Every person desires to be free. The question is, be freed from what? From debt? from poverty? from slavery? from religion? Christ’s sacrifice answers our greatest need, He freed His people from the slavery of sin. Jesus is the Redeemer.
According to Paul Wells in his book Cross Words, redemption, along with righteousness and reconciliation, is one of the ‘three R’s’ as the precise way to describe the results of salvation. In relation to Christ, He is the redeemer who provides freedom.
The word “redeem” is derived from the Latin verb redimere [ re = again + emere = to buy]. To redeem someone is to buy them back after they have been sold into slavery or taken captive. A redeemer is someone who takes it upon himself to redeem another. A ransom refers to the payment that is made. Redemption refers to the liberation that has been purchased. In the Scriptures, Christ is the Redeemer who has purchased redemption for His people through the offering of His own life as a ransom.
Christ alone is the Redeemer of His people, and His very life was the ransom that He paid.
Its Nature: It refers to the price paid for redeeming a slave or captive. The ransom that Christ paid for His people’s redemption was His very own life.
Matthew 20:28 even as the Son of Man came not to be served but to serve, and to give his life as a ransom for many. NASB
The word λυτρον is used by the Septuagint for the Hebrew פדיו, pidion, the ransom paid for a man’s life (see Exo 21:30).
I Timothy 2:5-6 For there is one God, and one mediator also between God and mankind, the man Christ Jesus, who gave Himself as a ransom for all, the testimony given at the proper time.
Here, the word ransom is from the Greek word Antilutron (αντιλυτρον) the ransom which consists in the exchange of one person for another, or the redemption of life by life.
Its Necessity: Men are slaves of sin and Satan (John 8:34, 2 Tim. 2:26). This the reality in the Scripture that should make us see the need to be redeemed by the sacrifice of Christ alone.
Its Manner: In Acts 20:28, we see that the church is …purchased with His own blood. It means “to acquire or gain anything; to make it ours.” Christ redeemed the church by His own blood for Himself.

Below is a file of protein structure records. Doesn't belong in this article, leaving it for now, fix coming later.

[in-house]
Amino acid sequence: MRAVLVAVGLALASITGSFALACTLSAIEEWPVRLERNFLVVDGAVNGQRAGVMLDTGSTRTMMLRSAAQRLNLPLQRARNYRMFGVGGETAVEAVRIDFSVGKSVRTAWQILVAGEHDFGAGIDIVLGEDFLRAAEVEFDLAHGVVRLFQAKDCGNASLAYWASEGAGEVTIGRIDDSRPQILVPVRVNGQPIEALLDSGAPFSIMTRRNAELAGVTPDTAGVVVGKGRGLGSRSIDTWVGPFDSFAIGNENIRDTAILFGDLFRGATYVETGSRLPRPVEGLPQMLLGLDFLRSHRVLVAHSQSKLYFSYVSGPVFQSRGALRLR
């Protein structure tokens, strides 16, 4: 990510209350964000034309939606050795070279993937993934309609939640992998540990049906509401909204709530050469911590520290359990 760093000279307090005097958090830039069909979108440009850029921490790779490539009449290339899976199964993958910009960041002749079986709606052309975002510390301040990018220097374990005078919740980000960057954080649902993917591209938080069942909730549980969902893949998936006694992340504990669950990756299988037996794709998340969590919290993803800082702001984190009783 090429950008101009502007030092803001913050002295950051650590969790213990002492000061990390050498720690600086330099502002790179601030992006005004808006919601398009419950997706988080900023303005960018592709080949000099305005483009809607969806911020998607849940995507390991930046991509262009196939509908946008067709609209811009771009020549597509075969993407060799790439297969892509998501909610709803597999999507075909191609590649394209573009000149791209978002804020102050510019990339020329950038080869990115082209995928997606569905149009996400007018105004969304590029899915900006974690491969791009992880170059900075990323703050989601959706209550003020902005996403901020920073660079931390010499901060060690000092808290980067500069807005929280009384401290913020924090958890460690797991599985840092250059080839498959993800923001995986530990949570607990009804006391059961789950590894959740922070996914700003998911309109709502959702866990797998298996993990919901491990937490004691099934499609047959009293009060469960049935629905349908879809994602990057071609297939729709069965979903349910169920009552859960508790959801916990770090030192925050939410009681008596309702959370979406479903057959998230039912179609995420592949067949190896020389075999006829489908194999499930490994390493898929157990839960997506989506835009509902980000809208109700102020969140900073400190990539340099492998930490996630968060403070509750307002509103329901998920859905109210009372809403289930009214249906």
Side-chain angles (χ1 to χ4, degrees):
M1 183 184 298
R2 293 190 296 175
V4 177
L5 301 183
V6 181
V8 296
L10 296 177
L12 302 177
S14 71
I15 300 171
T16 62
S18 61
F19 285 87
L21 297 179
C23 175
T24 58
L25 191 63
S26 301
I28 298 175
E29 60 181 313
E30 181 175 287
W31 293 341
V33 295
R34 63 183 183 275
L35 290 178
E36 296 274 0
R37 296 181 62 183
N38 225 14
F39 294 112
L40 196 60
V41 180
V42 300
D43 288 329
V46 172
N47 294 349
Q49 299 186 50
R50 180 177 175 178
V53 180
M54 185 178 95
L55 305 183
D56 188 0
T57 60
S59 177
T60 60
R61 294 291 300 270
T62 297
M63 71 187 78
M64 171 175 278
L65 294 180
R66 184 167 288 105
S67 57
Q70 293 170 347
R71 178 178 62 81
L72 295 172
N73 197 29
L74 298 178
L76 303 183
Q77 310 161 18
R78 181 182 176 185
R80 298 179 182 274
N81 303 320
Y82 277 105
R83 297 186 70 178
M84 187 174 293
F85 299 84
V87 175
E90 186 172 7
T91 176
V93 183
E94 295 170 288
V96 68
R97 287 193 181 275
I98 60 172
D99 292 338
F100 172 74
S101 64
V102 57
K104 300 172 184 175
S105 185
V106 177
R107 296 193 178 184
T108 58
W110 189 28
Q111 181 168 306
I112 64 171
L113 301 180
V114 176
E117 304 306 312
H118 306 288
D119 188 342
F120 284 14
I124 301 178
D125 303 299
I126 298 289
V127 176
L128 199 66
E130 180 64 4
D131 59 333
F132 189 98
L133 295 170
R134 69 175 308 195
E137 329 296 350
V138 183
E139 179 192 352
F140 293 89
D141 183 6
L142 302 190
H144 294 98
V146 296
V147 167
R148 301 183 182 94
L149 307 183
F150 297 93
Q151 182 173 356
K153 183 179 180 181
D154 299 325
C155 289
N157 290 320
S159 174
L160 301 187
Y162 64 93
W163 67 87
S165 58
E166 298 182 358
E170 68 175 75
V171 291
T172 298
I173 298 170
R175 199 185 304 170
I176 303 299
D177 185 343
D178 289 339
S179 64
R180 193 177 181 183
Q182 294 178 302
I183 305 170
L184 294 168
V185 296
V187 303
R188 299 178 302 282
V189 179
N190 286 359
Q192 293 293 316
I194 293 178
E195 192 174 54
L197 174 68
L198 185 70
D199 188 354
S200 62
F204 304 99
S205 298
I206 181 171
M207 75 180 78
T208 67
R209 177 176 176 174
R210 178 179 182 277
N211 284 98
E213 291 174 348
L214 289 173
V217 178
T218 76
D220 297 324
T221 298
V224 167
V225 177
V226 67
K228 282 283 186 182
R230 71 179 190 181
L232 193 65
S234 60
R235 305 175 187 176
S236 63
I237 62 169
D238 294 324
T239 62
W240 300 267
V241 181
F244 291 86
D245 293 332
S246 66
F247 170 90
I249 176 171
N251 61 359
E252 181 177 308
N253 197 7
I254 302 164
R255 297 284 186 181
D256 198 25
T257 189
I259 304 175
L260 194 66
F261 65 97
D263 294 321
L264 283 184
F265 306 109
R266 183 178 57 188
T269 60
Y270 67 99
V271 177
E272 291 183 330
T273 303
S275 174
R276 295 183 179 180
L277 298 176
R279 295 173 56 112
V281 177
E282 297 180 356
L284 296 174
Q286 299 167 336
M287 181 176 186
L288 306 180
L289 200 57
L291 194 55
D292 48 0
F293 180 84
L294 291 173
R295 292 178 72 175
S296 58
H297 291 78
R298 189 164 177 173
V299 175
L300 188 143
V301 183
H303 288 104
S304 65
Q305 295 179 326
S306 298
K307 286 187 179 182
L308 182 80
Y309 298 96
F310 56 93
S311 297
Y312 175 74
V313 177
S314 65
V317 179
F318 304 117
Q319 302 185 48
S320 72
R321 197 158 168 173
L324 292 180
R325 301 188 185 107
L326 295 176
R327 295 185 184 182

Its Author: This is obvious. None but Christ alone is the one who purchased His people, hence the worth of His blood is infinite. Hebrews 9:12 is clear that by means of his own blood, He secured an eternal redemption for His people.
1Pe 1:18-19 knowing that you were ransomed from the futile ways inherited from your forefathers, not with perishable things such as silver or gold, but with the precious blood of Christ, like that of a lamb without blemish or spot. ESV
Its Value: Consequently, we see the value of Christ’s redemption. Our redemption is eternal since we are purchased by Him who is of infinite value and worth.
Colossians 2:14 by canceling the record of debt that stood against us with its legal demands. This he set aside, nailing it to the cross.
Its Legality: Sin has its wages, which is death (Rom 6:23). Christ wiped out or erased all our debt to God and His law.
Its perfection: Galatians 3:10, 13 has the phrase…redeemed from the curse of the law. Every man has broken the law of God and is exposed to its penalty or curse. Jesus Christ redeemed His people from the curse of the law by paying its penalty with His own life.
The law requires perfect obedience. Paul uses the words “abide” and “perform” to emphasize that the law requires continuous, perfect, and practical obedience. The slightest deviation brings man under the curse of the law.
Its Accomplishment: In John 19:30, Christ cried, “It is finished!” According to A.W. Pink, It was the declaration on the part of the divine Redeemer that all for which He came from heaven to earth to do, was now done; that all that was needed to reveal the full character of God had now been accomplished; that all that was required by the Law before sinners could be saved, had now been performed—that the full price of our redemption was now paid. (A.W. Pink)
Its Effect: Again Hebrews 9:12 …having secured eternal redemption. This means that none can take it away from the church, her redemption is not temporary, but eternal and immutable.
Its Application: In light of 1 Corinthians 6:19-20, we ask, How should we live our lives in the light of Christ’s work of redemption? As the Christian is thus purchased, ransomed, redeemed, he is bound to devote himself to God only, and to keep his commands, and to flee from a licentious life. (Albert Barnes)
Have you been freed from sin? Is this the kind of freedom that you are ultimately looking for?
Without Christ, you cannot have true and lasting freedom, you are a slave of sin. You need Christ to be free at last! So we praise Him because He accomplished His redemptive work. He redeemed His people perfectly and completely.
Praise him, praise him! Jesus, our blessed redeemer!
For our sins, he suffered, and bled, and died.
He our rock, our hope of eternal salvation,
hail him, hail him! Jesus, the crucified.
Sound his praises, Jesus who bore our sorrows,
love unbounded, wonderful, deep, and strong.
SOLI DEO GLORIA!
Note: This lesson is from our weekly Youth Bible Study Based on Paul Washer’s Discovering the Glorious Gospel.
Cover photo by Schäferle from Pixabay.com
- Wells, Paul. Cross Words : The Biblical Doctrine of the Atonement. Fearn, Ross-Shire, Scotland, Christian Focus, 2006.
- “1 Corinthians 6 Barnes’ Notes.” Biblehub.com, biblehub.com/commentaries/barnes/1_corinthians/6.htm.
- Pink, Arthur W. Seven Sayings of the Savior on the Cross. Bottom Of The Hill Publis, 2011.